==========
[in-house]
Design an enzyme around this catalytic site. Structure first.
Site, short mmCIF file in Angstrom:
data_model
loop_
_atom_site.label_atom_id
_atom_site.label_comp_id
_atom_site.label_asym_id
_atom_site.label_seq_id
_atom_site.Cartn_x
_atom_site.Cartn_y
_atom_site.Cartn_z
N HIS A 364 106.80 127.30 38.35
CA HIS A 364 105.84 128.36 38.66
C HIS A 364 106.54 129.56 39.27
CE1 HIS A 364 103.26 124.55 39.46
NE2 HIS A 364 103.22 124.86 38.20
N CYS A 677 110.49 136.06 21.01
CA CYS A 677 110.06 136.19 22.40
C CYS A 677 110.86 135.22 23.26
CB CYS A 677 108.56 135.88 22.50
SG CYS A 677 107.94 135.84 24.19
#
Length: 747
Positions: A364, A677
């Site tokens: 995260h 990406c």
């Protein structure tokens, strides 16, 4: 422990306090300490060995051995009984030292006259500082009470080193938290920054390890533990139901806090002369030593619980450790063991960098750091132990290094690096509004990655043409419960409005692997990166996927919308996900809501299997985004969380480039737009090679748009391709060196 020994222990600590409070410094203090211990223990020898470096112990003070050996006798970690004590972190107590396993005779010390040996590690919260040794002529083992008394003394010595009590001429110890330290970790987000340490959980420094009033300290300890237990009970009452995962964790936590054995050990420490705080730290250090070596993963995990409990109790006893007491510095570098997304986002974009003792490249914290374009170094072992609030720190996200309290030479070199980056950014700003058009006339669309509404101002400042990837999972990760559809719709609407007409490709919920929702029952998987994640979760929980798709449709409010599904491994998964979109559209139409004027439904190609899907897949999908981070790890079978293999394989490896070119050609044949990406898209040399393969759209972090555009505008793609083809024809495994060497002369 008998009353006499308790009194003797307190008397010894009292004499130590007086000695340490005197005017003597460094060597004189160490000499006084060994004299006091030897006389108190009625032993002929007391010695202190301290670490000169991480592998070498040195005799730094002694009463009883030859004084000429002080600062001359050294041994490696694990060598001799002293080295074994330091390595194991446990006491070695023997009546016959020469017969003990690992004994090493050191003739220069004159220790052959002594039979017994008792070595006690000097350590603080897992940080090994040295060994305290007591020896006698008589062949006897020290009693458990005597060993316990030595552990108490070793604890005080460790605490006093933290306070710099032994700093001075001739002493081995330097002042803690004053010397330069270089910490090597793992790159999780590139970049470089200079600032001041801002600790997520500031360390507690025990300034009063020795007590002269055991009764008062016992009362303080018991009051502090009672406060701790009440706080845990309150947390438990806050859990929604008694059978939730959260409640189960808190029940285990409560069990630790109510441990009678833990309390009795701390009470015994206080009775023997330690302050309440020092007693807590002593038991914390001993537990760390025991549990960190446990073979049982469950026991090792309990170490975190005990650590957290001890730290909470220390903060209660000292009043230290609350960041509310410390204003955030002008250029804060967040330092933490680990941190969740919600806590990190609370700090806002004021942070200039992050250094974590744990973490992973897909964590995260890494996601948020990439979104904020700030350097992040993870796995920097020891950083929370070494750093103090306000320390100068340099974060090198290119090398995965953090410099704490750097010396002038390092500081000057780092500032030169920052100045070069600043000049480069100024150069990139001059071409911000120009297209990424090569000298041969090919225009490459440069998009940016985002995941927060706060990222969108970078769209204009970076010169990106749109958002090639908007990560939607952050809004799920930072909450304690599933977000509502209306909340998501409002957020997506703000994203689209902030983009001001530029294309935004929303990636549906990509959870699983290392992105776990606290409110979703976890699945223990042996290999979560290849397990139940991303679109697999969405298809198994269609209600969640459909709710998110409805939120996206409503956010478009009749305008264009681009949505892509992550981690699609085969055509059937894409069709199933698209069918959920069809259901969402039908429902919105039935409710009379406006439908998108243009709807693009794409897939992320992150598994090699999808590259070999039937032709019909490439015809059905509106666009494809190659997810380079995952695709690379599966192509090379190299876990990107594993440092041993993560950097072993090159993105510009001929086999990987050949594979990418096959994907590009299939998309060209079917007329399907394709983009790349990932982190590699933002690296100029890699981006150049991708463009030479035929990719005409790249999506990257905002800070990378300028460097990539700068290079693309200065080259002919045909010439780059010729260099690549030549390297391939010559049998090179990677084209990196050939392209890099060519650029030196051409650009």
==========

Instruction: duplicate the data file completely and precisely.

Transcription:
[in-house]
Design an enzyme around this catalytic site. Structure first.
Site, short mmCIF file in Angstrom:
data_model
loop_
_atom_site.label_atom_id
_atom_site.label_comp_id
_atom_site.label_asym_id
_atom_site.label_seq_id
_atom_site.Cartn_x
_atom_site.Cartn_y
_atom_site.Cartn_z
N HIS A 364 106.80 127.30 38.35
CA HIS A 364 105.84 128.36 38.66
C HIS A 364 106.54 129.56 39.27
CE1 HIS A 364 103.26 124.55 39.46
NE2 HIS A 364 103.22 124.86 38.20
N CYS A 677 110.49 136.06 21.01
CA CYS A 677 110.06 136.19 22.40
C CYS A 677 110.86 135.22 23.26
CB CYS A 677 108.56 135.88 22.50
SG CYS A 677 107.94 135.84 24.19
#
Length: 747
Positions: A364, A677
């Site tokens: 995260h 990406c």
């Protein structure tokens, strides 16, 4: 422990306090300490060995051995009984030292006259500082009470080193938290920054390890533990139901806090002369030593619980450790063991960098750091132990290094690096509004990655043409419960409005692997990166996927919308996900809501299997985004969380480039737009090679748009391709060196 020994222990600590409070410094203090211990223990020898470096112990003070050996006798970690004590972190107590396993005779010390040996590690919260040794002529083992008394003394010595009590001429110890330290970790987000340490959980420094009033300290300890237990009970009452995962964790936590054995050990420490705080730290250090070596993963995990409990109790006893007491510095570098997304986002974009003792490249914290374009170094072992609030720190996200309290030479070199980056950014700003058009006339669309509404101002400042990837999972990760559809719709609407007409490709919920929702029952998987994640979760929980798709449709409010599904491994998964979109559209139409004027439904190609899907897949999908981070790890079978293999394989490896070119050609044949990406898209040399393969759209972090555009505008793609083809024809495994060497002369 008998009353006499308790009194003797307190008397010894009292004499130590007086000695340490005197005017003597460094060597004189160490000499006084060994004299006091030897006389108190009625032993002929007391010695202190301290670490000169991480592998070498040195005799730094002694009463009883030859004084000429002080600062001359050294041994490696694990060598001799002293080295074994330091390595194991446990006491070695023997009546016959020469017969003990690992004994090493050191003739220069004159220790052959002594039979017994008792070595006690000097350590603080897992940080090994040295060994305290007591020896006698008589062949006897020290009693458990005597060993316990030595552990108490070793604890005080460790605490006093933290306070710099032994700093001075001739002493081995330097002042803690004053010397330069270089910490090597793992790159999780590139970049470089200079600032001041801002600790997520500031360390507690025990300034009063020795007590002269055991009764008062016992009362303080018991009051502090009672406060701790009440706080845990309150947390438990806050859990929604008694059978939730959260409640189960808190029940285990409560069990630790109510441990009678833990309390009795701390009470015994206080009775023997330690302050309440020092007693807590002593038991914390001993537990760390025991549990960190446990073979049982469950026991090792309990170490975190005990650590957290001890730290909470220390903060209660000292009043230290609350960041509310410390204003955030002008250029804060967040330092933490680990941190969740919600806590990190609370700090806002004021942070200039992050250094974590744990973490992973897909964590995260890494996601948020990439979104904020700030350097992040993870796995920097020891950083929370070494750093103090306000320390100068340099974060090198290119090398995965953090410099704490750097010396002038390092500081000057780092500032030169920052100045070069600043000049480069100024150069990139001059071409911000120009297209990424090569000298041969090919225009490459440069998009940016985002995941927060706060990222969108970078769209204009970076010169990106749109958002090639908007990560939607952050809004799920930072909450304690599933977000509502209306909340998501409002957020997506703000994203689209902030983009001001530029294309935004929303990636549906990509959870699983290392992105776990606290409110979703976890699945223990042996290999979560290849397990139940991303679109697999969405298809198994269609209600969640459909709710998110409805939120996206409503956010478009009749305008264009681009949505892509992550981690699609085969055509059937894409069709199933698209069918959920069809259901969402039908429902919105039935409710009379406006439908998108243009709807693009794409897939992320992150598994090699999808590259070999039937032709019909490439015809059905509106666009494809190659997810380079995952695709690379599966192509090379190299876990990107594993440092041993993560950097072993090159993105510009001929086999990987050949594979990418096959994907590009299939998309060209079917007329399907394709983009790349990932982190590699933002690296100029890699981006150049991708463009030479035929990719005409790249999506990257905002800070990378300028460097990539700068290079693309200065080259002919045909010439780059010729260099690549030549390297391939010559049998090179990677084209990196050939392209890099060519650029030196051409650009």